Miach Orthopaedics, Inc., a privately held company dedicated to developing bio-engineered surgical implants for connective tissue restoration, today announced the first patient has been treated in the company’s BEAR III study of the BEAR® Implant – the first medical technology to clinically demonstrate that it enables healing of a patient’s torn anterior cruciate ligament (ACL).
Miach initiated BEAR III to continue to build upon the extensive base of evidence for the BEAR Implant, which recently received De Novo approval from the U.S. Food and Drug Administration.
BEAR III is a single-arm, multi center cohort study enrolling 250 patients, all of whom will receive the BEAR Implant and will be followed for 10 years. The first patient, a 32-year-old male with a mid-substance ACL tear, was treated at MedStar Surgery Center at Timonium, an outpatient site affiliated with Medstar Union Memorial Hospital in Baltimore, Maryland.
“The BEAR Implant is a promising new technology that could improve the way ACL tears are treated,” said Dr. Richard Levine, the orthopedic surgeon who performed the surgery. “The BEAR Implant offers patients a treatment option to restore their ACL instead of reconstructing it with a graft.”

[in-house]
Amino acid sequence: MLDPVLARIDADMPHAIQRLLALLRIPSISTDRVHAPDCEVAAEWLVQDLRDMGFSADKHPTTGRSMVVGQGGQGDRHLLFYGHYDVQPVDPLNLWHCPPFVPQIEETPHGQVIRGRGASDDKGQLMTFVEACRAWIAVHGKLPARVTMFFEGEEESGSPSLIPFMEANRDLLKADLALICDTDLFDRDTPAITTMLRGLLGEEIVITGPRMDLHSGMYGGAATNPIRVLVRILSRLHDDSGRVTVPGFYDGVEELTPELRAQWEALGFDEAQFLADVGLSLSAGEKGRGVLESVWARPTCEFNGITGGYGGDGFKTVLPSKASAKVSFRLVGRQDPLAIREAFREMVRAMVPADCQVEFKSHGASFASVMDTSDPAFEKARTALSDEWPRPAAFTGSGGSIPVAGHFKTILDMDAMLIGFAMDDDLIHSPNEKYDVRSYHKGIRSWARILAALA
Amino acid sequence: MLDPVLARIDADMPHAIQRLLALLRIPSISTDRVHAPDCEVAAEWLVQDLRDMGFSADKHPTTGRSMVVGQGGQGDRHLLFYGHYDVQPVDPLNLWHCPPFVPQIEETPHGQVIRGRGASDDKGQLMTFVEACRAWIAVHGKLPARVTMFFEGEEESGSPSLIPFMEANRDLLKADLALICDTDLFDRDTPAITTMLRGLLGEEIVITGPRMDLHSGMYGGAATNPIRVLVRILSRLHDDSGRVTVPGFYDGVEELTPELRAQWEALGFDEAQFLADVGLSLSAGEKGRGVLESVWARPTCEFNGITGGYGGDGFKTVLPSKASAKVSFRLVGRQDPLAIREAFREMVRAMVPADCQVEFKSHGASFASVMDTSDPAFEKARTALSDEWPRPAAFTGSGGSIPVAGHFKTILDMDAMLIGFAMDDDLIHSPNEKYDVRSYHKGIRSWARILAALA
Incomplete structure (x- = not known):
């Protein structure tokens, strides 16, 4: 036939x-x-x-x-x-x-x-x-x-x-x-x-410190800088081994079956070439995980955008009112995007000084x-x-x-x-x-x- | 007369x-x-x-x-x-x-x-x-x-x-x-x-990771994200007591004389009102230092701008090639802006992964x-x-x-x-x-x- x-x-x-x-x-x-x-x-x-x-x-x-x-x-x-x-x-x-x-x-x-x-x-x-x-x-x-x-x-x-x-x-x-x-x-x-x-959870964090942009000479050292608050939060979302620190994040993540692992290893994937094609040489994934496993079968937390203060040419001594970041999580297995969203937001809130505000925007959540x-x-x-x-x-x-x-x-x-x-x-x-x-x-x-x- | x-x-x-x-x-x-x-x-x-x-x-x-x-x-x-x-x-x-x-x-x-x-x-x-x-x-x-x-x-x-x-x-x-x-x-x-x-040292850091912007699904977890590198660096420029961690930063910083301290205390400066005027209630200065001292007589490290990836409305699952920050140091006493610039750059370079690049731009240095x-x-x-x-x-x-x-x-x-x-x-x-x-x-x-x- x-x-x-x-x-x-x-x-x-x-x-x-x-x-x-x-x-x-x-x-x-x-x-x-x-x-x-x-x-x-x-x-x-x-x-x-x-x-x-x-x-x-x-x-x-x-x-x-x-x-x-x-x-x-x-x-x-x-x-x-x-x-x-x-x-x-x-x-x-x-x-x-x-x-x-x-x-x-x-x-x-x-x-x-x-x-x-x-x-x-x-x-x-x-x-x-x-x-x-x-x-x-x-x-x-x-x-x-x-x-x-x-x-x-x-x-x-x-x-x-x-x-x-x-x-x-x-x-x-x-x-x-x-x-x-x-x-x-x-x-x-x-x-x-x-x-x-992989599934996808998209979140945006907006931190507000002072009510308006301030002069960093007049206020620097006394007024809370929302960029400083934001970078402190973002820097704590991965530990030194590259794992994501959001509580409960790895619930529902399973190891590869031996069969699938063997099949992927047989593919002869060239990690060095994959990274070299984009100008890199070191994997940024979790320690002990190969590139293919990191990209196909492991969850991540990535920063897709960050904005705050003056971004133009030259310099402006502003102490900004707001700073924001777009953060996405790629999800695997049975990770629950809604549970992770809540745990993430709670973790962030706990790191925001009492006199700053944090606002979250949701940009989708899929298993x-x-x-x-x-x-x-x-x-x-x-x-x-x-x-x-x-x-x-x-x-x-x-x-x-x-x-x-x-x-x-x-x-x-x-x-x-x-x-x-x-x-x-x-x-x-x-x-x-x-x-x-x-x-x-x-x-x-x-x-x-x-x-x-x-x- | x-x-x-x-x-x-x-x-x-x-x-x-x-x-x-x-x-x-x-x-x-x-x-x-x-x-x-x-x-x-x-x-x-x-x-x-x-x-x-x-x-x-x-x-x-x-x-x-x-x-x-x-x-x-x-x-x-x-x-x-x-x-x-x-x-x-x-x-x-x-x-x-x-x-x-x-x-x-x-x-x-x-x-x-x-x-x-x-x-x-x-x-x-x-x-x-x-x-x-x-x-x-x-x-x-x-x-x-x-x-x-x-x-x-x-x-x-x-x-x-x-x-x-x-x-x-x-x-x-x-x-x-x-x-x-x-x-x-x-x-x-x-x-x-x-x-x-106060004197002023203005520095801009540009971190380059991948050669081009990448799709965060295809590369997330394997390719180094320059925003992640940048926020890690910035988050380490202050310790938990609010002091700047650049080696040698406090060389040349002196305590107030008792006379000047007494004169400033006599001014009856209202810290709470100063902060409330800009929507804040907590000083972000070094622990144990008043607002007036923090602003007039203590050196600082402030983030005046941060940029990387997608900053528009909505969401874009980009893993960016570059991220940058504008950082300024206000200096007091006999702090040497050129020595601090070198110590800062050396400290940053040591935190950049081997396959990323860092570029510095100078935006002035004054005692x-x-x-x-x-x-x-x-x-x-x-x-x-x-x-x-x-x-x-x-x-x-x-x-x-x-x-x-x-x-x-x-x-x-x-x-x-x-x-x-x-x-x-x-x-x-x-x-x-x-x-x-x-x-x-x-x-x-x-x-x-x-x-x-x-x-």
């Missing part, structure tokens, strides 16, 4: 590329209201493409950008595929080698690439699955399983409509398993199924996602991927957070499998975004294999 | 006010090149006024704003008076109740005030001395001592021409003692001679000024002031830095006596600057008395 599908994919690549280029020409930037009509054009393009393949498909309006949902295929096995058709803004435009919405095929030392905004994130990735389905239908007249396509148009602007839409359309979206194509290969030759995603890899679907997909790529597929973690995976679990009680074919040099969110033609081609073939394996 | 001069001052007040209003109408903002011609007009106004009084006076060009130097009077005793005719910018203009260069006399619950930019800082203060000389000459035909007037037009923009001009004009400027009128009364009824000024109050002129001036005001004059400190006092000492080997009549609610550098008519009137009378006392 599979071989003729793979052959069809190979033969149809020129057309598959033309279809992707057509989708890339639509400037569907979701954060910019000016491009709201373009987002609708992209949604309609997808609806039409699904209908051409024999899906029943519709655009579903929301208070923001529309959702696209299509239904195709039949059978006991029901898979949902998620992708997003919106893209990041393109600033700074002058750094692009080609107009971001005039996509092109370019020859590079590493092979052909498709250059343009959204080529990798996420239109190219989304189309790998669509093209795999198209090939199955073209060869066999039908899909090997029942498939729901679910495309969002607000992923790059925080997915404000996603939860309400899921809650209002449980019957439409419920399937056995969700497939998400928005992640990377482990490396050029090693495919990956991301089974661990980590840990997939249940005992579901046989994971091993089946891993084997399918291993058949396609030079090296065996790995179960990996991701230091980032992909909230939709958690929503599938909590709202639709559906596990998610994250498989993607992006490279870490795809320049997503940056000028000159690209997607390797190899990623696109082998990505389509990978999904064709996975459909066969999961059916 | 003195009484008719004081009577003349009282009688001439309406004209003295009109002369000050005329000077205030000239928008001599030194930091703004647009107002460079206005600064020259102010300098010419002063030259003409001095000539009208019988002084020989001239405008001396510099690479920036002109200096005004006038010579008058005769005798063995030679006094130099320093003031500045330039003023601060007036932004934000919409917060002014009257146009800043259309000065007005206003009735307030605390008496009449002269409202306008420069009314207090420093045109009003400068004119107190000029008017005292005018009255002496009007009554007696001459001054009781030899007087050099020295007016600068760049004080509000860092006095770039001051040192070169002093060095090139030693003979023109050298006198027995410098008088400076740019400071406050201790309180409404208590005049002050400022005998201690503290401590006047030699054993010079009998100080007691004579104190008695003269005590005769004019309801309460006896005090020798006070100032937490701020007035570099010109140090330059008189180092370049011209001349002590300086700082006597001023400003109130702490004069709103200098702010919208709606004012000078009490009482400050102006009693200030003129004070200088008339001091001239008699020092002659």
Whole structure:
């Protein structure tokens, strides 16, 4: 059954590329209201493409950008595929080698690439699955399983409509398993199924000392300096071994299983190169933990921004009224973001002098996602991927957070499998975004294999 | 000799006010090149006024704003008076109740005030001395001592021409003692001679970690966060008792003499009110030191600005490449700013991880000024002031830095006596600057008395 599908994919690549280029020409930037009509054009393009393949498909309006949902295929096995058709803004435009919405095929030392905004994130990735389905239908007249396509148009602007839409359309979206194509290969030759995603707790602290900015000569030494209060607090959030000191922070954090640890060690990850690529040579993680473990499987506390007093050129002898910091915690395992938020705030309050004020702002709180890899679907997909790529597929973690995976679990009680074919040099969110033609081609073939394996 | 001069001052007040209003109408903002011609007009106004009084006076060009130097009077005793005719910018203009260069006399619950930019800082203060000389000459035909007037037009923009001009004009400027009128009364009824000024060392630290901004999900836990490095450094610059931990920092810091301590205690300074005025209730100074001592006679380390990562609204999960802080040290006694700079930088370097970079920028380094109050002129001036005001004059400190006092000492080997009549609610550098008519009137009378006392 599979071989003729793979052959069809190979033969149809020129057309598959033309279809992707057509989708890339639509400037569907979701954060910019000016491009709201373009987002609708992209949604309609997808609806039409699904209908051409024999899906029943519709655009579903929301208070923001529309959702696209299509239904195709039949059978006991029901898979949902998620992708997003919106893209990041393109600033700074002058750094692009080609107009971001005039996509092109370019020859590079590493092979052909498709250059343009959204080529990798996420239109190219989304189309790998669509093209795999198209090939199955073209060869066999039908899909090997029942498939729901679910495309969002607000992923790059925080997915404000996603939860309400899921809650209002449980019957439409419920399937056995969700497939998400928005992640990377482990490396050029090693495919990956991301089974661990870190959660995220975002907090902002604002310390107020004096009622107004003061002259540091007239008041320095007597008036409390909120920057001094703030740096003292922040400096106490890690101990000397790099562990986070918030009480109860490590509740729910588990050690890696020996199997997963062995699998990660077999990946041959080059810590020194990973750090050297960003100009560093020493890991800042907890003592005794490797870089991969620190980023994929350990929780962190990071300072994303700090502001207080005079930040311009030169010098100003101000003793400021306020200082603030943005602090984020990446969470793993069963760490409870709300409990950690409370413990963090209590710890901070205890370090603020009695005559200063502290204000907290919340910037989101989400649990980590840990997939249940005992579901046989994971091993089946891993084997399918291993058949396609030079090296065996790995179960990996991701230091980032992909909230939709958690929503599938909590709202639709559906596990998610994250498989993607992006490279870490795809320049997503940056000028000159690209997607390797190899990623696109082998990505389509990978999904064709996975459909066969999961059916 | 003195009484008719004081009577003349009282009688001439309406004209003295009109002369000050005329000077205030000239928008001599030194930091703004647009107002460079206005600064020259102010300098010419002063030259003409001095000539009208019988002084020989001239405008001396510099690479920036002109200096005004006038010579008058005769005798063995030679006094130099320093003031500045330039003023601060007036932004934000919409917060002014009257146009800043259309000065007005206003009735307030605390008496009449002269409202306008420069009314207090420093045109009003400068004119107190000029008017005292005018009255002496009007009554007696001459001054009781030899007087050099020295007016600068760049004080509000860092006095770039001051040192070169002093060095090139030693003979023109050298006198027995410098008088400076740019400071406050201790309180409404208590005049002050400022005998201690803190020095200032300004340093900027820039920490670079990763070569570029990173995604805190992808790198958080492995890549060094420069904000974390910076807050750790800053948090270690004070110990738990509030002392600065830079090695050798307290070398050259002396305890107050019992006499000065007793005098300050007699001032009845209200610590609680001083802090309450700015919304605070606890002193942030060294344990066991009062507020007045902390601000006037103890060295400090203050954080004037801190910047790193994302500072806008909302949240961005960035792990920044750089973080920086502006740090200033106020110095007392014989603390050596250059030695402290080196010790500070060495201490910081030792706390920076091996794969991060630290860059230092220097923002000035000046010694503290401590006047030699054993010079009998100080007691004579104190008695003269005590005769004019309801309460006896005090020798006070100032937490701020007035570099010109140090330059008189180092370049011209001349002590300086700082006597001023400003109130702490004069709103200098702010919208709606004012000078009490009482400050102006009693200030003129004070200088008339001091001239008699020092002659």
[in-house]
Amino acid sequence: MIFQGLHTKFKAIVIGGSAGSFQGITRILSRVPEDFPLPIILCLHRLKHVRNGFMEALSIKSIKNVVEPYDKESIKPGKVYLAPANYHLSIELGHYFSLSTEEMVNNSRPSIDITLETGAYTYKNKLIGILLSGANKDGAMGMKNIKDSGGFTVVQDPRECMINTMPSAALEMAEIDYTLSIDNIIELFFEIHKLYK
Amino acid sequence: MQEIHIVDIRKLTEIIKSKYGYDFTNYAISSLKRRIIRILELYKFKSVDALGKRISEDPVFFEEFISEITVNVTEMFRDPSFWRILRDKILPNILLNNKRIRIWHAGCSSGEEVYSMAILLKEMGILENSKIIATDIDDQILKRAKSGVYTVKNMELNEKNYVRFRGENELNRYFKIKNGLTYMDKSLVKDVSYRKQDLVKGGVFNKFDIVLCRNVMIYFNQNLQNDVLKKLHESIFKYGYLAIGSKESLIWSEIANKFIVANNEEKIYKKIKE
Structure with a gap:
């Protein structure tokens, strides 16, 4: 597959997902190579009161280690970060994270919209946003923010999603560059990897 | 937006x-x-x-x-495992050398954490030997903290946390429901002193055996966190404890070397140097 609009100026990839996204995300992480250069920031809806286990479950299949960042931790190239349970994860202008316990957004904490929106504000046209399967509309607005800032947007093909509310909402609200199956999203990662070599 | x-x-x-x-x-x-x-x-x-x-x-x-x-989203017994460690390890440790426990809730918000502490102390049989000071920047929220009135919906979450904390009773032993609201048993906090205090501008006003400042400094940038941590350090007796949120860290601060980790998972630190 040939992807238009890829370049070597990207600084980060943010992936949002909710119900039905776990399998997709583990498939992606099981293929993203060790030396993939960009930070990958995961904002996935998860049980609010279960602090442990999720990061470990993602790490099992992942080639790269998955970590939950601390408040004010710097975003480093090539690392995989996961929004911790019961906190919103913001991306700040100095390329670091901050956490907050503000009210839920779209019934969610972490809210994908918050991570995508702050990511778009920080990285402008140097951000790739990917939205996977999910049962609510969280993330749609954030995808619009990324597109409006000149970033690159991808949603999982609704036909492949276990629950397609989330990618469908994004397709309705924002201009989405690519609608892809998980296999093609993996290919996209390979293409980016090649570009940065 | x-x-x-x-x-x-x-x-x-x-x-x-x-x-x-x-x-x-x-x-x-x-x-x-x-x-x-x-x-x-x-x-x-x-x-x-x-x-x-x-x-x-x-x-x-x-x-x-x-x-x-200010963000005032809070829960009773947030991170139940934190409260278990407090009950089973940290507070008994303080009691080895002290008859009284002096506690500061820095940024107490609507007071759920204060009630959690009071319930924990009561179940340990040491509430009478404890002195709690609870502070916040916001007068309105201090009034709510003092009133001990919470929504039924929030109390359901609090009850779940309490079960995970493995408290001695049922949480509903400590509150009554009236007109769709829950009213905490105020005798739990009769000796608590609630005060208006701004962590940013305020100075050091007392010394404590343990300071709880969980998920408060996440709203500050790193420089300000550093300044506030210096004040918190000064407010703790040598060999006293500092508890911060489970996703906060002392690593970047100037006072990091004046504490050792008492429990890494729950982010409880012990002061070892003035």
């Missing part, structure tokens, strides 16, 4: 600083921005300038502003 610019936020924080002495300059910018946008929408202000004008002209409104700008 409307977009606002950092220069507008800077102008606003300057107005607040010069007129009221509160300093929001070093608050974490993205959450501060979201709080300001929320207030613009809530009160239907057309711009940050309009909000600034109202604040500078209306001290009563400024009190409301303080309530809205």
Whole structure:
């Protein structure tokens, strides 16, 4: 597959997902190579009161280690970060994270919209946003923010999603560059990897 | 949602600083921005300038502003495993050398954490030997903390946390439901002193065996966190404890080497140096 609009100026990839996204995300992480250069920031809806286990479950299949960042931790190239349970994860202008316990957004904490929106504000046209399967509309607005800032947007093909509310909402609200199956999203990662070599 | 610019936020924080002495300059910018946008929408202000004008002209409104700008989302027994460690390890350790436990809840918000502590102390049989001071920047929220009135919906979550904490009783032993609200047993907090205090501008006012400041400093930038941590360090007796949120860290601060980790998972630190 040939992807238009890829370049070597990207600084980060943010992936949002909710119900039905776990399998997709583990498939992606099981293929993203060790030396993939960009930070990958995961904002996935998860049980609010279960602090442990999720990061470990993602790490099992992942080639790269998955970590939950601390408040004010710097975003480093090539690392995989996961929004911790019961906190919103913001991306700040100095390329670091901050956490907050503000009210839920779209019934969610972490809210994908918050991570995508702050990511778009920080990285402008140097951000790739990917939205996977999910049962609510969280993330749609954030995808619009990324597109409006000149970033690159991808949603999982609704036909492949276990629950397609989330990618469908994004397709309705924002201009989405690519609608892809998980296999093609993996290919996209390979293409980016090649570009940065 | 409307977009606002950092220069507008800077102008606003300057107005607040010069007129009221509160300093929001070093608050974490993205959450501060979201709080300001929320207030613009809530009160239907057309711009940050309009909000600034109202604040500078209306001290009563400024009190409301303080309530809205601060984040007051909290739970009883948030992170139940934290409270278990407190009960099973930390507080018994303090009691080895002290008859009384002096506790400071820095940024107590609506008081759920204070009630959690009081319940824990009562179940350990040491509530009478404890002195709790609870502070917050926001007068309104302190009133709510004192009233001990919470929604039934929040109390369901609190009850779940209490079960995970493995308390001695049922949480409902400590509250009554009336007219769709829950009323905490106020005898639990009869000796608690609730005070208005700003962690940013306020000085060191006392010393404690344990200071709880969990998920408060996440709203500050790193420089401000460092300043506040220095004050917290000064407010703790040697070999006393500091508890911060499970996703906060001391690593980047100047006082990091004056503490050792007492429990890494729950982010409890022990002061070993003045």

The BEAR III Trial for Bridge-Enhanced ACL (Anterior Cruciate Ligament) Restoration (NCT03348995) is or will soon be enrolling patients at orthopedic centers in Georgia, Louisiana, Maryland, Massachusetts, New Jersey, Rhode Island and South Dakota.
“We have seen consistently positive results in the BEAR I and BEAR II studies,” said Martha Shadan, president and CEO, Miach Orthopaedics. “We’re excited to have some of the leading orthopedic centers across the U.S. partnering with us on BEAR III as we continue to add to our extensive base of clinical evidence for the BEAR Implant.”
About The BEAR® Implant
The Bridge-Enhanced® ACL Restoration (BEAR®) Implant is a proprietary bio-engineered implant used to facilitate healing of the torn ACL. Unlike reconstruction, which is the current standard of care, the BEAR Implant does not require a second surgical wound site to remove a healthy tendon from another part of the leg or the use of a donor tendon. The BEAR Implant acts as a bridge between the two ends of the torn ACL. The surgeon injects a small amount of the patient’s own blood into the implant and inserts it between the torn ends of the ACL in a minimally invasive procedure. The combination of the BEAR Implant and the patient’s blood enables the body to heal the torn ends of the ACL back together while maintaining the ACL’s original attachments to the femur and tibia. The BEAR Implant is absorbed by the body as the ACL heals.
The BEAR Implant was granted De Novo Approval from the U.S. Food and Drug Administration in December 2020. It is indicated for skeletally mature patients at least 14 years of age with a complete rupture of the ACL, as confirmed by MRI. Patients must have an ACL stump attached to the tibia to facilitate the restoration. The BEAR device must be implanted within 50 days of injury.